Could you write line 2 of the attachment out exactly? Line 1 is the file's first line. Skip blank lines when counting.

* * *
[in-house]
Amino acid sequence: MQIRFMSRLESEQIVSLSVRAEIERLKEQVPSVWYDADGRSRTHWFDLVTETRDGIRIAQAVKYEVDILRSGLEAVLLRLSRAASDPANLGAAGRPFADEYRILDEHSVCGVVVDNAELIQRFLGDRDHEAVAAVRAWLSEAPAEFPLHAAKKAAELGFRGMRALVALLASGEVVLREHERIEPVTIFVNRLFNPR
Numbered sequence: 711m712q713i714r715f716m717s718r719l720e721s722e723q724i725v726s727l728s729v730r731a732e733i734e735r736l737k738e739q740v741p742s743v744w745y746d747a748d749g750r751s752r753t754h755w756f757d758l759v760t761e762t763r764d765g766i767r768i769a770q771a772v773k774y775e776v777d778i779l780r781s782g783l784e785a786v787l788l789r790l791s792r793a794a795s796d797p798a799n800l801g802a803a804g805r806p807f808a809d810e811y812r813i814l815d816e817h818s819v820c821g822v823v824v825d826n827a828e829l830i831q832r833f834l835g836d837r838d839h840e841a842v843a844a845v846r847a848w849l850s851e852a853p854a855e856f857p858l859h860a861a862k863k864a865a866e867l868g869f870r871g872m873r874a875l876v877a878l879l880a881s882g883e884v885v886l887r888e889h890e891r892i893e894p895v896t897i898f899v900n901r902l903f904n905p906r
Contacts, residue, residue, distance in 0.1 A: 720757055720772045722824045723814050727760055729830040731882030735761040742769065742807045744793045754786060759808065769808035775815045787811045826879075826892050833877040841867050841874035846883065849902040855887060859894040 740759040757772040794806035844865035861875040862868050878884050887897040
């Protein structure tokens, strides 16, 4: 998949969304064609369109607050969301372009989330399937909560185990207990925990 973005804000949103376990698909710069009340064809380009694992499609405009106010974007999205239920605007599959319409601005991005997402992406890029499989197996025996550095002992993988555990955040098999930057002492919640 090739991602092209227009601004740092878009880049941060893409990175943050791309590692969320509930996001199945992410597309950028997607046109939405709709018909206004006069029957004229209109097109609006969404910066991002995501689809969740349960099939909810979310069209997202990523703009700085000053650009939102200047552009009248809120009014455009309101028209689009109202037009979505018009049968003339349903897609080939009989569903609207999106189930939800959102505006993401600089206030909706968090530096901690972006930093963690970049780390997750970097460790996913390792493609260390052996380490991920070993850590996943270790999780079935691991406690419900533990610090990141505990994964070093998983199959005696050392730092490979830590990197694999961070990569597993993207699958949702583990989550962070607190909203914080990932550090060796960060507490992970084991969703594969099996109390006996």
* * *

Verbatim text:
Amino acid sequence: MQIRFMSRLESEQIVSLSVRAEIERLKEQVPSVWYDADGRSRTHWFDLVTETRDGIRIAQAVKYEVDILRSGLEAVLLRLSRAASDPANLGAAGRPFADEYRILDEHSVCGVVVDNAELIQRFLGDRDHEAVAAVRAWLSEAPAEFPLHAAKKAAELGFRGMRALVALLASGEVVLREHERIEPVTIFVNRLFNPR